Sport and politics shouldn’t mix. But they do. And that is why the Socceroos, Australia’s national football team, shouldn’t play North Korea as planned on Wednesday night.

Proclamation from The Supreme General: LUCAS NEILL MUST BE DESTROYED

North Korea’s communist government has been brutalising its people for decades. Human Rights Watch reports that North Korea is virtually an open air prison where the people are forced to work for no remuneration of any sort, the state owns all property and freedom of expression is non-existent.

Dissenters are sent to forced labour camps called gwalliso where they are tortured and executed. The state controls food distribution and is currently in the process of starving its people with its “military first” policy.

And then of course there is the fact that the regime is planning to test long-range rockets capable of carrying nuclear warheads this month.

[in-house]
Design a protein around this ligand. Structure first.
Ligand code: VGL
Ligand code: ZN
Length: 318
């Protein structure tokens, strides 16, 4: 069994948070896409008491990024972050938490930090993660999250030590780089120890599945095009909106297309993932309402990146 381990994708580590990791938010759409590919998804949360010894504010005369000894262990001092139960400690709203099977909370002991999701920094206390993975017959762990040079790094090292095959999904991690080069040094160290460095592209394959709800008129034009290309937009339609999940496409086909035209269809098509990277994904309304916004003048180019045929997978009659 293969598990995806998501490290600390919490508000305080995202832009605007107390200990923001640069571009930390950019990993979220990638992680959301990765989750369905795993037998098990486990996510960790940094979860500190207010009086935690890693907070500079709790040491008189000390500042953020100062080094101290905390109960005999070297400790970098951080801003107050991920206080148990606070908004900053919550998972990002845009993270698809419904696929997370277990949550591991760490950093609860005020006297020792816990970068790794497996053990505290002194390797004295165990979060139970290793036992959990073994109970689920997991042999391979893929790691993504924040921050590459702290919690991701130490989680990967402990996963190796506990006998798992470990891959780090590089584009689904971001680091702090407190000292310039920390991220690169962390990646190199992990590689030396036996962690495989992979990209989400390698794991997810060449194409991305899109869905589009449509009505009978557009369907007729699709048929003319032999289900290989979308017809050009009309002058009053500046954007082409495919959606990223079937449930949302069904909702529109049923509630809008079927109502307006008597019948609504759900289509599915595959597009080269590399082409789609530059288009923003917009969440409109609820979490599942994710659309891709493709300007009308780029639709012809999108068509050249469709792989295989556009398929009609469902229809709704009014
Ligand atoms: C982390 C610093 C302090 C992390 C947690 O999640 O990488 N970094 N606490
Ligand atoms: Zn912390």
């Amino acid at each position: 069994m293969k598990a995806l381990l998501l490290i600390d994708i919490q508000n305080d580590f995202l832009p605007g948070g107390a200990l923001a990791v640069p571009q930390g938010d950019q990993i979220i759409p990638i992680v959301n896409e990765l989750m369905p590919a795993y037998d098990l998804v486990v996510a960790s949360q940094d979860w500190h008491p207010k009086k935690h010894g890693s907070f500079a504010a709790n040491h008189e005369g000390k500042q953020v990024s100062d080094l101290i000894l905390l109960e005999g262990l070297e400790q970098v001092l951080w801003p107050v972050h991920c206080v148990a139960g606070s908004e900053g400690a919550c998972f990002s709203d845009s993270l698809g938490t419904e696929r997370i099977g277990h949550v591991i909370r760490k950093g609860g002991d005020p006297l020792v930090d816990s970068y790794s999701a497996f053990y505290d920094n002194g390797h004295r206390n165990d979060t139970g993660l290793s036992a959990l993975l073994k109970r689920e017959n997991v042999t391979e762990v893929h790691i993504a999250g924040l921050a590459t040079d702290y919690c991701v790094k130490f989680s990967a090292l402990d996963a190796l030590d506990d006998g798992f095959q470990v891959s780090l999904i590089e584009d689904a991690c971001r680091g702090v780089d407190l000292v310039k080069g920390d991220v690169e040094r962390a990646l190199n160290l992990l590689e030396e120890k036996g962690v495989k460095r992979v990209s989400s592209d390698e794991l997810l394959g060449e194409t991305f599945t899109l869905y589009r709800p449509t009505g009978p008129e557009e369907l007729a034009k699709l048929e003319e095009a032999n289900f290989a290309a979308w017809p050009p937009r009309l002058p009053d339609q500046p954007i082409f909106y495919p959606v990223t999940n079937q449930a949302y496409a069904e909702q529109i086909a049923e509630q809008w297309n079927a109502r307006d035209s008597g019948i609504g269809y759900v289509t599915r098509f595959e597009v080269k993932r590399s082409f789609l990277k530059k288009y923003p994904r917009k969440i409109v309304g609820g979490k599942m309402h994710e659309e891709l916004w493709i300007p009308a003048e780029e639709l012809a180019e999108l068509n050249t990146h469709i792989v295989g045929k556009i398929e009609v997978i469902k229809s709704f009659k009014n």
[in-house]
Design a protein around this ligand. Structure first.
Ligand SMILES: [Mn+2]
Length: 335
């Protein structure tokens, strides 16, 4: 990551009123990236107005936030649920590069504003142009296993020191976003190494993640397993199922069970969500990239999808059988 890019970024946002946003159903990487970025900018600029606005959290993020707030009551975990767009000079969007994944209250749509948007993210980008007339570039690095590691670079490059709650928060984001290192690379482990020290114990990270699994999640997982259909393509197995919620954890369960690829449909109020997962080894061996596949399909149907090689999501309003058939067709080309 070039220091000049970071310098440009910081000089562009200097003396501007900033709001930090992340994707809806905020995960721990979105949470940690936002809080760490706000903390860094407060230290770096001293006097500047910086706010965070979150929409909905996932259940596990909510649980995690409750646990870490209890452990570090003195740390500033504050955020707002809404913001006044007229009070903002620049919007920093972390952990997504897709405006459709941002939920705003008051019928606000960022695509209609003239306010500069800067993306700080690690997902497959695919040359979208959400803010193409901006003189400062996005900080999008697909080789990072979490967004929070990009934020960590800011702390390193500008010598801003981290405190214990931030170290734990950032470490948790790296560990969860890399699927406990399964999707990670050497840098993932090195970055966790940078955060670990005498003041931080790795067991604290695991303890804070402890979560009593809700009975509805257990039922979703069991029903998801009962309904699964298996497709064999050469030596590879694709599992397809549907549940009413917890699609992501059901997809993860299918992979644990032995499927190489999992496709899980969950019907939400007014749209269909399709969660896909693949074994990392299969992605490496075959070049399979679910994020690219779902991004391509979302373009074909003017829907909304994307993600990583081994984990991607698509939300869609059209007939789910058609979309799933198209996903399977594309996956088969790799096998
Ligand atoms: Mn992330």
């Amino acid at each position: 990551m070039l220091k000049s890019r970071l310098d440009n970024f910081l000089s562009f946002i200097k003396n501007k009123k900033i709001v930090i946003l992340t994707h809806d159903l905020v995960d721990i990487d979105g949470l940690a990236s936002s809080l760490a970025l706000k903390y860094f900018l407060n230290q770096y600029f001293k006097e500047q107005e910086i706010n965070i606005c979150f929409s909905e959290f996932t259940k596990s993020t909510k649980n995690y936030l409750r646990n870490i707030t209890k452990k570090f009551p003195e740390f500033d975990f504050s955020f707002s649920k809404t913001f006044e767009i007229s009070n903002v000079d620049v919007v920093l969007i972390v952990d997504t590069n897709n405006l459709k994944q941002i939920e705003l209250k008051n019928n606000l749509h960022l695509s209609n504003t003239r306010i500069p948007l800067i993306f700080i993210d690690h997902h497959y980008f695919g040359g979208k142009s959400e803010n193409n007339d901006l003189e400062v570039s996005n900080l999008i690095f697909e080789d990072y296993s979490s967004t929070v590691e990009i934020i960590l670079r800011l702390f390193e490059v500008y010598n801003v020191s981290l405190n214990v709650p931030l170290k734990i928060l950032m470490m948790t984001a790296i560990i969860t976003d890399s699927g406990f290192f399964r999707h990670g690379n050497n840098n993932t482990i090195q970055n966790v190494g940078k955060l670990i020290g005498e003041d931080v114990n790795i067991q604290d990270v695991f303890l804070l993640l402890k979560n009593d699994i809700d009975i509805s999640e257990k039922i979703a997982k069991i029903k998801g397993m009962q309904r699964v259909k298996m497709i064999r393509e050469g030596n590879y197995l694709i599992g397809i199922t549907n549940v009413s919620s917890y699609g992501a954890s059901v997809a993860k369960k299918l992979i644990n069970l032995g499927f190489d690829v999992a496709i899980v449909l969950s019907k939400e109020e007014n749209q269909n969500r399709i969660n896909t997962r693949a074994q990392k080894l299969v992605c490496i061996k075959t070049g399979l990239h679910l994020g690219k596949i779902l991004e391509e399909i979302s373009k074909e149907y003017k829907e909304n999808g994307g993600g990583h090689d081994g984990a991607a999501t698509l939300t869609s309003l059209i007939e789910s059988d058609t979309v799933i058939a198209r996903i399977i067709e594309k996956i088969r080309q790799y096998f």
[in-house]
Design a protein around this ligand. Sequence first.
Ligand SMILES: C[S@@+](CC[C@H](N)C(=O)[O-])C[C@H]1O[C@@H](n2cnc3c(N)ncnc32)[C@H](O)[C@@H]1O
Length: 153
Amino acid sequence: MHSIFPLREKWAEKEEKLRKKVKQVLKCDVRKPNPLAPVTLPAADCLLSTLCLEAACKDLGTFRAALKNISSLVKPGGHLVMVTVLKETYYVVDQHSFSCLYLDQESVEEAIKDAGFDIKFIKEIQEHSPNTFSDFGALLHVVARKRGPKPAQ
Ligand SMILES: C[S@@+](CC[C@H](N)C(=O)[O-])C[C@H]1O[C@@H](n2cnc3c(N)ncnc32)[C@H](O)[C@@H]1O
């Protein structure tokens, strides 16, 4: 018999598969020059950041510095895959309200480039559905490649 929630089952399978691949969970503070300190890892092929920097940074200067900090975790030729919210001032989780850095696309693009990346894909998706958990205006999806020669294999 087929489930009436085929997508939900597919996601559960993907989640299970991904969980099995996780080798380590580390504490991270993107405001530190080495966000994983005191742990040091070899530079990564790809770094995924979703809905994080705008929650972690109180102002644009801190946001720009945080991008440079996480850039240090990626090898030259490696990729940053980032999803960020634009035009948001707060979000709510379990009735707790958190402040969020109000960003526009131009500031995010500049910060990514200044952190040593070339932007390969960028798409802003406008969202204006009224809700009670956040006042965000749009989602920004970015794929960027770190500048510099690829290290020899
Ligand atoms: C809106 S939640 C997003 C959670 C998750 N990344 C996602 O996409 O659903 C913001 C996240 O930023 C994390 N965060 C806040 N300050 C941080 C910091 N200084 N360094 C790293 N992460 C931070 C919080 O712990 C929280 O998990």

In terms of vile governments, North Korea is as evil as any in history.

But so what? What’s that got to do with a football match?

The reality is that awful governments such as North Korea’s use sport to legitimise their rule – both to their own people and to the rest of the world.

After narrowly losing to Brazil in the opening match at the 2010 World Cup, the regime decided to televise North Korea’s second match to the nation, in what is believed to be the first ever live sports telecast in the Hermit Kingdom. After their 7-0 drubbing in that game, the event was simply not reported in the state-controlled media. 

But the North Koreans aren’t the first to understand the power of the reflected glory of sport (and the opposite in defeat). Throughout history, nefarious regimes have used sport to consolidate their power and butter up the international community.

Famously, Hitler enthusiastically hosted the 1936 Olympics to showcase Nazi rule and Argentina’s military junta spent 10 per cent of their national budget on the 1978 World Cup.